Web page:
It’s an issue that pops up from time to time, usually in the pubs among members of the ‘old guard’. But recently the debate for New Zealand becoming a republic has been heating up. The republicanism movement in New Zealand is being fuelled by the royal family’s lack of political relevance. But will that mean a change is on the cards anytime soon? James Greenland looks into the history of The Crown’s influence in New Zealand, how it has shaped the country, and if it’s time to become a republic.
After 172 years, the Queen of England remains New Zealand’s highest authority, regardless of the monarchy’s dwindling relevance to political life in this country. Her political impotence has led to calls for reformation from certain factions, notably the Republican Movement of Aotearoa New Zealand. It’s time for an elected head of state, they say – time for a Kiwi to wear the crown of our country. But, however small their influence over law making may be, the royals continue to feature large in our national media.
Will and Kate were married after that ‘fairytale’ engagement the whole world watched, and the noble Prince visited Christchurch in March last year, too. Prince Charlie turned heads playing DJ and weatherman for the BBC recently – a disarmingly desperate bid for relevance during his employ as king-in-waiting. His mum, our Queen, Lizzy, got older, turning 86 in April, and is celebrating 65 years on the throne. Surely you didn’t miss her cameo at the London Olympics – parachuting from a plane with agent 007. Priceless! And, as a tribute to dear Betty, John Key put her husband, Philip, on New Zealand’s highest honours list and has invited Chuck to a lunch in New Zealand, on us – the taxpayer, too.
Like, love or loathe them, the royals are first-name-basis familiar faces in most New Zealand homes and their celebrity is as A-list as anyone’s. Of course, the British monarchy is woven into the fabric of our society, at the apex of which sits Queen Elizabeth II as head of state. But, it is rarely the monarchy’s role in our social structure that makes the national news, perpetuating the royals’ relevance. Discussions about our constitutional framework are far less common than paparazzi pics of Pipa in a new frock – and she’s not even really one of them. It is primarily with fame, rather than power, that the royals retain their relevance to New Zealand society.
Lack of political relevance is one of the reasons republicanism is growing in this country. As the historical, hierarchical power structures of monarchy erode under the modern pressures of democracy, the royals’ perceived right to rule is weakening. For the Republican Movement of Aoteroa New Zealand – and their more than 4,000 Facebook followers – the problem with the monarchy is closely related to our independence and identity as a nation, as they express on their website, www.republic.org.nz: “The Republican Movement wants a New Zealand republic to replace the monarchy in New Zealand with a democratically elected New Zealander as our head of state, to truly represent our unique culture and our place in the world as an independent nation.” Republicans know the modern British monarchy has little-to-no actual political power within the Commonwealth of Nations over which they formally reign. Let’s take a moment to consider our country’s history, paying close attention to our constitutional development. The story can be told quickly, and has a common theme.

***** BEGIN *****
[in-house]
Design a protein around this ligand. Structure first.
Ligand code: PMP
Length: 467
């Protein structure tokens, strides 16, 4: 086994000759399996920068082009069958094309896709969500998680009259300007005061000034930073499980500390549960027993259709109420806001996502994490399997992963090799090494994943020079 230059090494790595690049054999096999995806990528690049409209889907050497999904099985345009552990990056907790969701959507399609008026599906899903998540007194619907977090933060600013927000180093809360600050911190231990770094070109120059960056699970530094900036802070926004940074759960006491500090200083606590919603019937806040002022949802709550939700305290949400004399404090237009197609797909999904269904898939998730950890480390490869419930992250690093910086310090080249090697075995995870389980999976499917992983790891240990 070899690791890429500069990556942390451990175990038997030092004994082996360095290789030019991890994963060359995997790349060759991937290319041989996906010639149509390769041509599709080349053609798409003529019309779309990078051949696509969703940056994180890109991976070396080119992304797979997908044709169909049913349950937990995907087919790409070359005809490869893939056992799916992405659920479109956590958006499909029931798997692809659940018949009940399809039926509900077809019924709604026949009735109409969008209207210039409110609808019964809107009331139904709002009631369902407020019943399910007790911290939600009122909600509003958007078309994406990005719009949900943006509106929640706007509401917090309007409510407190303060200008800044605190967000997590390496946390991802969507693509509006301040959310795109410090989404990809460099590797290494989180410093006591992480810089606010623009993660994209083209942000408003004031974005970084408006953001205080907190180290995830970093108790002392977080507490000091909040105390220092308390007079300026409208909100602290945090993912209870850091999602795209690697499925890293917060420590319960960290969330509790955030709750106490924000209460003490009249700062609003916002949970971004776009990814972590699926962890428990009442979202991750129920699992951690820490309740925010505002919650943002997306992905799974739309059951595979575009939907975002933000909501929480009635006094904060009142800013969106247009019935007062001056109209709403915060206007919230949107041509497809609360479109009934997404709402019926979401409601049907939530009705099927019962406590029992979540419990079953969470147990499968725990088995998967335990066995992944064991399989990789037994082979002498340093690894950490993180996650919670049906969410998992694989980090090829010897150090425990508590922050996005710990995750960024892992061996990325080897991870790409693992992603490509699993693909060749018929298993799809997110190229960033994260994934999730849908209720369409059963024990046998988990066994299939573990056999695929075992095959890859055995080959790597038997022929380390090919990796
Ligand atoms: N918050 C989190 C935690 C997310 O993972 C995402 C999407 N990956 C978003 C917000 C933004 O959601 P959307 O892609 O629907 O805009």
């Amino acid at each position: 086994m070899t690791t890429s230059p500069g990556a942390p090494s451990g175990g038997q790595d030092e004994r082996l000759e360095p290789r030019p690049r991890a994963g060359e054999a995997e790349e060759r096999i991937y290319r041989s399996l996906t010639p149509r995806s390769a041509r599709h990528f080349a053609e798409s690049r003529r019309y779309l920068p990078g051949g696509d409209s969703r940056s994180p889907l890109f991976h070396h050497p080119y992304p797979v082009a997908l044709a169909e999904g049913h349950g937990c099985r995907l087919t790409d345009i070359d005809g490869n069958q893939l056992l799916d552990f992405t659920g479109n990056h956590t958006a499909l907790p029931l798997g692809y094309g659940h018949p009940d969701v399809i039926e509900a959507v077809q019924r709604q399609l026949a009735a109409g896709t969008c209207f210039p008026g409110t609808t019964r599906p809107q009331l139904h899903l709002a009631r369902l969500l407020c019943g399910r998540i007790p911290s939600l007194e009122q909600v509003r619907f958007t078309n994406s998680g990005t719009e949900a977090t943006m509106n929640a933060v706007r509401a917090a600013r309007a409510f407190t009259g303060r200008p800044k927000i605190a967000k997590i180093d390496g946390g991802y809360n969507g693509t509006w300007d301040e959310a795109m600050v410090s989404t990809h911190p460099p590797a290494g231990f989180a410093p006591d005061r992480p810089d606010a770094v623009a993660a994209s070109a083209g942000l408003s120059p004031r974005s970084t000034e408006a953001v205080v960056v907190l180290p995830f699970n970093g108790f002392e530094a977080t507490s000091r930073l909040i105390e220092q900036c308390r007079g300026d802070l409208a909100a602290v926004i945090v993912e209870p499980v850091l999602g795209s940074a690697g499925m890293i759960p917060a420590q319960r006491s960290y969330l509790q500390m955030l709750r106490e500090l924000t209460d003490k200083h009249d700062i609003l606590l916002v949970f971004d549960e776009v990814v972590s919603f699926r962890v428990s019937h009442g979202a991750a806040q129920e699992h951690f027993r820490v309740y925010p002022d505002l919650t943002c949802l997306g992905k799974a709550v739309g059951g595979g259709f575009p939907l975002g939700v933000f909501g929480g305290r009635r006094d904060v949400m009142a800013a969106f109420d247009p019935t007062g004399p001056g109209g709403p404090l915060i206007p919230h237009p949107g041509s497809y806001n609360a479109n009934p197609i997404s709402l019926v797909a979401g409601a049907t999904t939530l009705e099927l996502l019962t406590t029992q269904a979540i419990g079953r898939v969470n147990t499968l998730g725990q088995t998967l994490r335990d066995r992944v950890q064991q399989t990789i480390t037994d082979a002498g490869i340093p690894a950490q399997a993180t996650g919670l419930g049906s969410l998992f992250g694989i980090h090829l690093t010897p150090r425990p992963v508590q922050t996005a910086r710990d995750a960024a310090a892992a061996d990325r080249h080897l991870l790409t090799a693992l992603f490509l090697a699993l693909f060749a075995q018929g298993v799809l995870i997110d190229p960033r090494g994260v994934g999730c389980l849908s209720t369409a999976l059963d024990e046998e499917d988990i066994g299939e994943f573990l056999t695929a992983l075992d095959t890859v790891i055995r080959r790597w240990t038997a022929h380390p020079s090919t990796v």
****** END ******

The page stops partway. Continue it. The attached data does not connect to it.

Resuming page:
AS WE ALL OUGHT TO KNOW, MAORI WERE here for some time before England arrived, living off the land with their own cultural sense of sovereignty and ownership. But, jumping on ahead, by 1840 Britain had signed the Treaty of Waitangi with support from a majority of Maori, and so the Crown claimed New Zealand as another South Pacific jewel. After a little while, 1852, Kiwis set up a Parliament, doing things pretty much the way Britain did.
Soon though, nuances of life on the long white cloud called for a form of government that suited us specifically, and so the first four Maori seats were introduced to the Parliament in 1867. By 1893 the work of some good New Zealanders was finally recognised as women proved, and won their right to vote. Kiwis pioneered this political evolution, which took off around the Western world, signaling the willingness of our people to independently reform politics when necessary. By 1907 New Zealand ceased being a colony, becoming a dominion. The Evening Post reported on the 26 of September that New Zealand “went ‘up one’ in the ‘school of British nations’. Abroad … there is a notion that New Zealand is … merely the little tail of the great dog; but the Prime Minister is determined that the tail is not to be overlooked, nor to be despised in any way.” We may have moved up one, but Aotearoa was still a small player.
Until 1947 Britain retained the right to make laws for New Zealand, which was only abrogated by acceptance of the Statute of Westminster – legislation that had existed, offering us independence, for 16 years. New Zealand was, like a nervous adolescent, reluctant to move out of home into the real world. But move we did, slowly and consciously, away from the paternal guidance of our British forebears. By 2004 we had abolished the right to appeal to the Privy Council in London, and established our own Supreme Court in our own capital city. That was the last look back. It’s now 2012 and what’s left of royal power in New Zealand is only ceremonial.
New Zealand is a constitutional monarchy, a member of the British Commonwealth as a result of history. But modern MMP democracy vests real political power with an elected Prime Minister and political party, with which they execute the functions of State. The common theme of New Zealand’s history is of liberalisation and moves toward political independence. We were slow to accept our own identity, and it took some time to fully shake the vestiges of a colonial past.